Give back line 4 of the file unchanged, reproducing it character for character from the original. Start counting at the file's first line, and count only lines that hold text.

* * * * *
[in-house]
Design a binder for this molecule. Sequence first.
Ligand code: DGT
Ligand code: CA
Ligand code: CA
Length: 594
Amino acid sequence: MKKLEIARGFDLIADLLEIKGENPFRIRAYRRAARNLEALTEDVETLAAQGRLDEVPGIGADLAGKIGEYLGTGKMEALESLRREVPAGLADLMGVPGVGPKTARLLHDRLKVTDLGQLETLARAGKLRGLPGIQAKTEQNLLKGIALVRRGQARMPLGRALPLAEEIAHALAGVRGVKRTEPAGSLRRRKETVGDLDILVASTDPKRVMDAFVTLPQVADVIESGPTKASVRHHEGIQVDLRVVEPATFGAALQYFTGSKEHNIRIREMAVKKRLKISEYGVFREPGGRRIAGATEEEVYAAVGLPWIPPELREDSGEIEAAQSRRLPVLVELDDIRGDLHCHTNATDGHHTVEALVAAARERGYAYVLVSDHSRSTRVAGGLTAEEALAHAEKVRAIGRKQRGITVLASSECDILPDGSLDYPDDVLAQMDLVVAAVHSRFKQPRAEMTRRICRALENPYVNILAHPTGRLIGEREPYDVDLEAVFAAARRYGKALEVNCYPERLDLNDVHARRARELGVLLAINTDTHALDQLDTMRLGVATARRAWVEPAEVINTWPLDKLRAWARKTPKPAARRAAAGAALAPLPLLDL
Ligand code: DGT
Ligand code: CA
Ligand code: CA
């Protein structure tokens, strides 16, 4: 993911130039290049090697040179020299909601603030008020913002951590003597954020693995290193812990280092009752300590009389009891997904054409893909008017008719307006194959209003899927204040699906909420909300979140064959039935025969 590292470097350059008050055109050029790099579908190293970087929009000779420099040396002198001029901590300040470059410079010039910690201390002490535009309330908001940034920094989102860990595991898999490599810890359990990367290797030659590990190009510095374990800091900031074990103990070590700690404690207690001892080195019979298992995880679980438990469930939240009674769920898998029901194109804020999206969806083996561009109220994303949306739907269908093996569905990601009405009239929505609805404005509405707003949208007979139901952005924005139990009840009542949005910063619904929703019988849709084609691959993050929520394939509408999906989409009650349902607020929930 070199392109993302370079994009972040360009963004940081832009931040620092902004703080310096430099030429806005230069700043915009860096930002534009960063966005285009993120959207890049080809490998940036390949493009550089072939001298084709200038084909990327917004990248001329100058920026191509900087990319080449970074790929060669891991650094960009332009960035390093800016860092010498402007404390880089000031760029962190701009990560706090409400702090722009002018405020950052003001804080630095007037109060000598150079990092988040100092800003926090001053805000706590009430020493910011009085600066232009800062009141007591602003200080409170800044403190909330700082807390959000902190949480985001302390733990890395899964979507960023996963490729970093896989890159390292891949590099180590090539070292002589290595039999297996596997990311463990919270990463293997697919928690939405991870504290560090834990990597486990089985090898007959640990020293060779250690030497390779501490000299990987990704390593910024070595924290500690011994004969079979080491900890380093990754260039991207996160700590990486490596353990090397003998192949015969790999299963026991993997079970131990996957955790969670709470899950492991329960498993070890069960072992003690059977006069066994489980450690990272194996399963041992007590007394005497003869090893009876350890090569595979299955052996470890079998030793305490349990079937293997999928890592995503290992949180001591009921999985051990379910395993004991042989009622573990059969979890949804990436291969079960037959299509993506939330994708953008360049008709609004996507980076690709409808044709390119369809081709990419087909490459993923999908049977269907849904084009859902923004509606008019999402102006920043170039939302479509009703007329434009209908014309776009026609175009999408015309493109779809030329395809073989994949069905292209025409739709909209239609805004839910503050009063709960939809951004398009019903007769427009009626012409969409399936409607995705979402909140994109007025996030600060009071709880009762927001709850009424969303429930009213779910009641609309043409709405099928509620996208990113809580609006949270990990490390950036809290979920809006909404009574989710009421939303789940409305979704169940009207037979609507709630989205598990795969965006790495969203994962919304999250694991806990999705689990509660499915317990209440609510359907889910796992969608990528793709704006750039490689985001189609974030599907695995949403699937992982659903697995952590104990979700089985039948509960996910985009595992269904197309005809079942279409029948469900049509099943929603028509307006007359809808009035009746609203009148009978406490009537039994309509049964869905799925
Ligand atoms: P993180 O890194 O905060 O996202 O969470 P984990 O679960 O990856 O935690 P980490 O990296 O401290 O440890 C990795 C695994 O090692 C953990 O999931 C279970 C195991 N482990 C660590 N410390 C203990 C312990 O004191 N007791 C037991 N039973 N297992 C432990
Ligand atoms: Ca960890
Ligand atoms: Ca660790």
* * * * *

Ligand code: CA